As the minister has confirmed, we need to find a new $4 billion for this bill. There is a call going out around the nation tonight: where is the money coming from? It is not only this bill on dental health. The government needs to explain where the money is coming from for the new asylum seeker policy. Where is the money coming from to fund a National Disability Insurance Scheme? Where is the money coming from to fund the Gonski education reforms? Where is the money coming from to fund our new submarines? So far these unfunded promises add up to a massive $120 billion black hole.

If that is not bad enough, we wake up this morning and we hear another unfunded promise from the government—this time $1.4 billion a year for taxpayers to fund private childcare workers. This is simply yet another government commitment without them having a clue where the money is going to come from. This is against a background of falling commodity prices, a likely downturn in revenue and the Prime Minister hanging on to the delusion that the budget is still in surplus. No wonder even members of Labor's caucus yesterday were joining in the chorus with the other 22 million Australians: where is the money coming from?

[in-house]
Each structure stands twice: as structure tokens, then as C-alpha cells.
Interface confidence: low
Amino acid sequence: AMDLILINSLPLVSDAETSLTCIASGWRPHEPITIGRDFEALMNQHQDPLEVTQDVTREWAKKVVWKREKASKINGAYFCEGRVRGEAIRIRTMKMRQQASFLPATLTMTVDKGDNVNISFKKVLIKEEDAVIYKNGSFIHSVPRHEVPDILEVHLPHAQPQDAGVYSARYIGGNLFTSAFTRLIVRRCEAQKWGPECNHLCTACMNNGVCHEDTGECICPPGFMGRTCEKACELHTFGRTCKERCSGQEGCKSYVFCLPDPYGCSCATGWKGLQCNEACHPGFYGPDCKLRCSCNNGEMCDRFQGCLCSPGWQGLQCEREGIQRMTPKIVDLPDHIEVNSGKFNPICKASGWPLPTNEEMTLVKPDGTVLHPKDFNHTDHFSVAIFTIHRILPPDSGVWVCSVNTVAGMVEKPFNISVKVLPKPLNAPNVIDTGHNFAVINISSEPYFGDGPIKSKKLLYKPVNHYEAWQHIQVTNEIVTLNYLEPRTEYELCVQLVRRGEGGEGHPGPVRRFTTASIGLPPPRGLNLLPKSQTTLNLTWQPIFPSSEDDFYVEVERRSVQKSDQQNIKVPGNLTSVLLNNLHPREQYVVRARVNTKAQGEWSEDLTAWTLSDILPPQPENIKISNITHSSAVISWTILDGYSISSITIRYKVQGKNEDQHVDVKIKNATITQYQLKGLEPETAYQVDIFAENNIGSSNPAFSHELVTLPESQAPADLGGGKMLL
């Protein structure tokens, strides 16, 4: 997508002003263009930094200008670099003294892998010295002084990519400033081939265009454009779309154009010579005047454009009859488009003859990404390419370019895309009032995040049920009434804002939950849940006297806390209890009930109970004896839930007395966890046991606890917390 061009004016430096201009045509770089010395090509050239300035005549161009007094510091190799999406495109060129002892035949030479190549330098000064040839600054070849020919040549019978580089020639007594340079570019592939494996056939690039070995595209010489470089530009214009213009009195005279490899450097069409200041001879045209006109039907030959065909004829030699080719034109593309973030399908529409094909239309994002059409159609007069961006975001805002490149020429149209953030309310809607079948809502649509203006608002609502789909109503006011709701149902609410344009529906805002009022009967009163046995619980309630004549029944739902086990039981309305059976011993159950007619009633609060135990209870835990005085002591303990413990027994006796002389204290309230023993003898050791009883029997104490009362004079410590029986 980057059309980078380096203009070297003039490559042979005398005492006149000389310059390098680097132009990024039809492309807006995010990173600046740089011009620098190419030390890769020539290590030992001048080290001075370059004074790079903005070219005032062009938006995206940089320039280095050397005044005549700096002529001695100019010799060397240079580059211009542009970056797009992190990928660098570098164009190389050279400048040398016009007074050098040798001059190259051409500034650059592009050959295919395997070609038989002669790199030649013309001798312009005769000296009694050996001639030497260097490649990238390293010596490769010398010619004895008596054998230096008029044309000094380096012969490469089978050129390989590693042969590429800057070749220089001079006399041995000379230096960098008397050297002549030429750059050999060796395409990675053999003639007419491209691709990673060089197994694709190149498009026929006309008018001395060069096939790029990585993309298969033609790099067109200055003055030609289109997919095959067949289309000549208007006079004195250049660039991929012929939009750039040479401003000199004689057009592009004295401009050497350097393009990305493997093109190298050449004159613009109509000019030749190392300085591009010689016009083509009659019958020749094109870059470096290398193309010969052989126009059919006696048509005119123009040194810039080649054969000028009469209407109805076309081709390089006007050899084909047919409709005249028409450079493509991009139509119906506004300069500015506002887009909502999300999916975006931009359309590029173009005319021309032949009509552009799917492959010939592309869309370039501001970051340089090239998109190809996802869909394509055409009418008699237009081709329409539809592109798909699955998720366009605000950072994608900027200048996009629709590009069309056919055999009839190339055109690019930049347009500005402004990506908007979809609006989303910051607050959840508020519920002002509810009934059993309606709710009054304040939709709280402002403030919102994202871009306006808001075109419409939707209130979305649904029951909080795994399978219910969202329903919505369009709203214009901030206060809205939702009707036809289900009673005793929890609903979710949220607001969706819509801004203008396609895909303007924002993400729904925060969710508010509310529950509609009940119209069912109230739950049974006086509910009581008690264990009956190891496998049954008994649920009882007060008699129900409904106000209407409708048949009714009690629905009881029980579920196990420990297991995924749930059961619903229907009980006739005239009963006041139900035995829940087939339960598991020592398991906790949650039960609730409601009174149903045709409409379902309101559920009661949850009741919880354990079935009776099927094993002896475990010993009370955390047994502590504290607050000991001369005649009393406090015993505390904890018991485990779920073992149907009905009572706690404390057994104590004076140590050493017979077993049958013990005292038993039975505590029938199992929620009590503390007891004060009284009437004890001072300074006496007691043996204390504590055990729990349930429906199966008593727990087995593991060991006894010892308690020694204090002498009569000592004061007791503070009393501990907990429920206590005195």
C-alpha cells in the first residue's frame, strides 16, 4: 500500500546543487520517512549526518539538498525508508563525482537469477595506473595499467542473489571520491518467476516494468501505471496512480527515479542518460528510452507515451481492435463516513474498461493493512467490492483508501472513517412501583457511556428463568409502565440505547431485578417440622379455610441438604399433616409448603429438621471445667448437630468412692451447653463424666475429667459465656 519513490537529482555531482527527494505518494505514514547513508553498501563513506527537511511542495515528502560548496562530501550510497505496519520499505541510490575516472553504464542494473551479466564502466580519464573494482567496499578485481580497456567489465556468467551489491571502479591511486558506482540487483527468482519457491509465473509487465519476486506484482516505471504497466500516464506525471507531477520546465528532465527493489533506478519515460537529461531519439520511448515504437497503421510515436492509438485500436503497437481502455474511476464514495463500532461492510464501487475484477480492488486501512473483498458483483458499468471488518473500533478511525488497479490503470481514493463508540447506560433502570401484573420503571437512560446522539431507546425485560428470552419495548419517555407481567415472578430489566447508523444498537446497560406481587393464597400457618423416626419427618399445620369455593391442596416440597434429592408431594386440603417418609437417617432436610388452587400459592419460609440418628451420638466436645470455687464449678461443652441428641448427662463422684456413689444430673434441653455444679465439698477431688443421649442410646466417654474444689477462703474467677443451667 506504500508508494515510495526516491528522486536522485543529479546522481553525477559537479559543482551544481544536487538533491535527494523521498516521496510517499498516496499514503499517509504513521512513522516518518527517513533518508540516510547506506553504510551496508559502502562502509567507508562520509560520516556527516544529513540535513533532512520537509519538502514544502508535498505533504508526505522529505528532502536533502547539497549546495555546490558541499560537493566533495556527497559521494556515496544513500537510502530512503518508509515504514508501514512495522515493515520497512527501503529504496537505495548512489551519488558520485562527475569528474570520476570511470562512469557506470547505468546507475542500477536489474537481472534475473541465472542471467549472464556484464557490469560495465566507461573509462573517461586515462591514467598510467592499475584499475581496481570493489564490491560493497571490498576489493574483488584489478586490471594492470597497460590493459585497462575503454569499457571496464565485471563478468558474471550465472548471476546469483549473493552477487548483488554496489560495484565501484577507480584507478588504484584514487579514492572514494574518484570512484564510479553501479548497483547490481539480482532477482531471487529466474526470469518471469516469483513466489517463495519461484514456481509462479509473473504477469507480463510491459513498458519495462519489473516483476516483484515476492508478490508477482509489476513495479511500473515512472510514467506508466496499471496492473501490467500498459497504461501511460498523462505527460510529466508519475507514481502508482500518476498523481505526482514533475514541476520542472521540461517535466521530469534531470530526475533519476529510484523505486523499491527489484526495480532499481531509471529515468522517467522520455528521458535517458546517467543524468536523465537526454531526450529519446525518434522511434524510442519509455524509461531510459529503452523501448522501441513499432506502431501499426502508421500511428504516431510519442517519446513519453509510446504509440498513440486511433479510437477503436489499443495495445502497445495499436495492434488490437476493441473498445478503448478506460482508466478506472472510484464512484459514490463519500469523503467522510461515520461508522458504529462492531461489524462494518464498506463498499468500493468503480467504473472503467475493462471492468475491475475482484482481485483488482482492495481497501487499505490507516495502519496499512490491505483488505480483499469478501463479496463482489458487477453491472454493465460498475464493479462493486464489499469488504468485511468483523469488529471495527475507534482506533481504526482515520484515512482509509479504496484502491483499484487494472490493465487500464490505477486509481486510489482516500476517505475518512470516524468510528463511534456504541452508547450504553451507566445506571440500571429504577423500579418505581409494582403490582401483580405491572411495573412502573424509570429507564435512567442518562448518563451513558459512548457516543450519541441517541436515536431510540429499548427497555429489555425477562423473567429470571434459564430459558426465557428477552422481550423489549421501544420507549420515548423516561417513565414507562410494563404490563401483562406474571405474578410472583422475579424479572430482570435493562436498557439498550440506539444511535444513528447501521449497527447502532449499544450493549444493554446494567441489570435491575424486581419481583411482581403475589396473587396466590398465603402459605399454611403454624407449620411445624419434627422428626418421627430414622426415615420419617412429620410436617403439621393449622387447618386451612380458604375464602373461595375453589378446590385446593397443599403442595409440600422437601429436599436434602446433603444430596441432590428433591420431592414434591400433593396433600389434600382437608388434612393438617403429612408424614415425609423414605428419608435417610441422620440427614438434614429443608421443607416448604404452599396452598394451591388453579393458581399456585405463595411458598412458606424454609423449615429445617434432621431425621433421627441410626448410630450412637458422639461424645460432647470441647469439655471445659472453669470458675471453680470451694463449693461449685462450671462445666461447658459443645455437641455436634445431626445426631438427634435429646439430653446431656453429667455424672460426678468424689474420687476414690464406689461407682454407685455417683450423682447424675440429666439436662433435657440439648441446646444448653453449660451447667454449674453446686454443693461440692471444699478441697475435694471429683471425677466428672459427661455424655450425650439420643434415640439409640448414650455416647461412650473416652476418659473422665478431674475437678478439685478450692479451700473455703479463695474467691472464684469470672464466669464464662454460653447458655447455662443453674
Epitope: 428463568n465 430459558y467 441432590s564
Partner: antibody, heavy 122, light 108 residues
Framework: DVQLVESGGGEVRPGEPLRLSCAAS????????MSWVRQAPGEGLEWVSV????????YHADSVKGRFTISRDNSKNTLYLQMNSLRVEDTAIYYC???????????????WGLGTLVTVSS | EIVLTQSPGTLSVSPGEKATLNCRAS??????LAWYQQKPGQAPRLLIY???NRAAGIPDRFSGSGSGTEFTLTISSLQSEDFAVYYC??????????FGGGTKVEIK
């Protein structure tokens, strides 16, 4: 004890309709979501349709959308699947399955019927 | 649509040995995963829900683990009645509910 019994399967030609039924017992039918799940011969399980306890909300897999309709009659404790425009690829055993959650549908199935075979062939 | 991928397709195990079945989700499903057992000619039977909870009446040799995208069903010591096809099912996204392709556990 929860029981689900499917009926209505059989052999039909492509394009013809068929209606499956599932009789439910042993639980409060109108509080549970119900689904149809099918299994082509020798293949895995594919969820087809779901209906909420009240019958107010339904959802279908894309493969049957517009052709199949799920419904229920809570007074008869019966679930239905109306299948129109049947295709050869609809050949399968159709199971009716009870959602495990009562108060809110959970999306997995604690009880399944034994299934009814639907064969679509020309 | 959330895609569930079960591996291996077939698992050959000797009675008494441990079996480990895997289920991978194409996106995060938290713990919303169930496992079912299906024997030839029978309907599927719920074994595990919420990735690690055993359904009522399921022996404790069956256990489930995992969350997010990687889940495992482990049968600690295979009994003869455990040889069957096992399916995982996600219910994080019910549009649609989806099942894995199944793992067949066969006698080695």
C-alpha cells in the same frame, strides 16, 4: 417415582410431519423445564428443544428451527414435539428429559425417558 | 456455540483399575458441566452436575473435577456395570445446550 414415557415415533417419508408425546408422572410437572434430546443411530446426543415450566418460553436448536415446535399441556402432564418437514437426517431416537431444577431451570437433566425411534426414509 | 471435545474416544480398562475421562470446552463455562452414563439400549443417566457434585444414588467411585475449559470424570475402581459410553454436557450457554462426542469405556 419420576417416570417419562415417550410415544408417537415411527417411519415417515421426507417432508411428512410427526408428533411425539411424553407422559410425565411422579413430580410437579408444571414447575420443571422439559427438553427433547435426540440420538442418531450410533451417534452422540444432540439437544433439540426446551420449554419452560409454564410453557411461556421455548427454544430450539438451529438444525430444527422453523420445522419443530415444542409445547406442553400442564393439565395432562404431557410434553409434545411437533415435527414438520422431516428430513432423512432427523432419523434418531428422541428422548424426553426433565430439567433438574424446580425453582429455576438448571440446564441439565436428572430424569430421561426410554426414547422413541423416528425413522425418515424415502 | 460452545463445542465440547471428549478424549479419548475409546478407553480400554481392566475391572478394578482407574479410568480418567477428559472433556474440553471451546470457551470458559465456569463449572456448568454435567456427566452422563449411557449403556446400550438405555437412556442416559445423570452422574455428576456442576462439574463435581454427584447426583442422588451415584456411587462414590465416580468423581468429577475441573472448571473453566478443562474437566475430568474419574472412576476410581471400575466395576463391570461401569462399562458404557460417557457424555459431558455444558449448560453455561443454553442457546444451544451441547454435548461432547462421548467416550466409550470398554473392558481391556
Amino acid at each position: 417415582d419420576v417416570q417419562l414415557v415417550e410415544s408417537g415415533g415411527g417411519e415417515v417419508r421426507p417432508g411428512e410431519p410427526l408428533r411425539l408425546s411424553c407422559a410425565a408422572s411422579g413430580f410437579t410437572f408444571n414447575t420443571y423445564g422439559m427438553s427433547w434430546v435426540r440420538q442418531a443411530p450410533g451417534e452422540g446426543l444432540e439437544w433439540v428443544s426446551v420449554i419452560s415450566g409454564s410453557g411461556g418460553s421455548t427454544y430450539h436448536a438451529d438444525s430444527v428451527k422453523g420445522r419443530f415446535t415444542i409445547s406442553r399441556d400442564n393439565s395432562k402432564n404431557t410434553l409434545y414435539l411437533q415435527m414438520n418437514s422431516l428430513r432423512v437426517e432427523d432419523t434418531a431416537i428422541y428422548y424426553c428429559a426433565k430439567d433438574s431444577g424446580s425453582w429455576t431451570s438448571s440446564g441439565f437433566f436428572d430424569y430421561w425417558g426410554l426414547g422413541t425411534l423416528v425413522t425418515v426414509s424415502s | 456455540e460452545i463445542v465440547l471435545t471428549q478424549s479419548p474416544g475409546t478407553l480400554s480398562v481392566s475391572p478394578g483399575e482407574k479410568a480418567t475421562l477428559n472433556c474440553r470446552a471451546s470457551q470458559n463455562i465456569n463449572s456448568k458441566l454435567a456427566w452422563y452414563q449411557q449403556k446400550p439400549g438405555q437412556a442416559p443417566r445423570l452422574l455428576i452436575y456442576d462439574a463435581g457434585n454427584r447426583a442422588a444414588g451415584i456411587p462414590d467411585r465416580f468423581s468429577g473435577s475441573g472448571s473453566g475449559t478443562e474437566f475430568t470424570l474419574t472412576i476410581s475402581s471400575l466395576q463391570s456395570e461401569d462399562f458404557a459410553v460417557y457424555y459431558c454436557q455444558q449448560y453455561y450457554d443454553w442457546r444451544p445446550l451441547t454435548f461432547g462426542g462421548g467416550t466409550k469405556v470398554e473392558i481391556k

Are the government going to raise taxes to pay for this bill? Are they going to slash more jobs in the Public Service? If they fail to do so, given their unprecedented track record of broken promises, the Australian public will see these unfunded promises, such as those in this bill, for what they are—nothing more than a hoodwink, a deception, mere empty promises, all designed for short-term political gain to fool people in the run-up to the next election. But, I suppose if this government thinks it can get away with the promise before the last election, 'There will be no carbon tax under a government I lead,' it could probably get away with anything.

As I said, this bill is nothing more than a hoodwink, a con, a deception, a pea-and-thimble trick. In peddling their nonsense about this bill, one thing the speakers on the other side conveniently have forgotten to mention—the inconvenient truth about this bill—is that this unfunded dental health program will not begin until 2014, well after the next federal election. Under this bill, the means-test entitlement for children aged 12 to 17 will not commence until January 2014 and the proposal for adults does not commence until July 2014. So what we have is nothing other than an unfunded promise on the never-never, something that will not even happen, at the very best, until after the next election.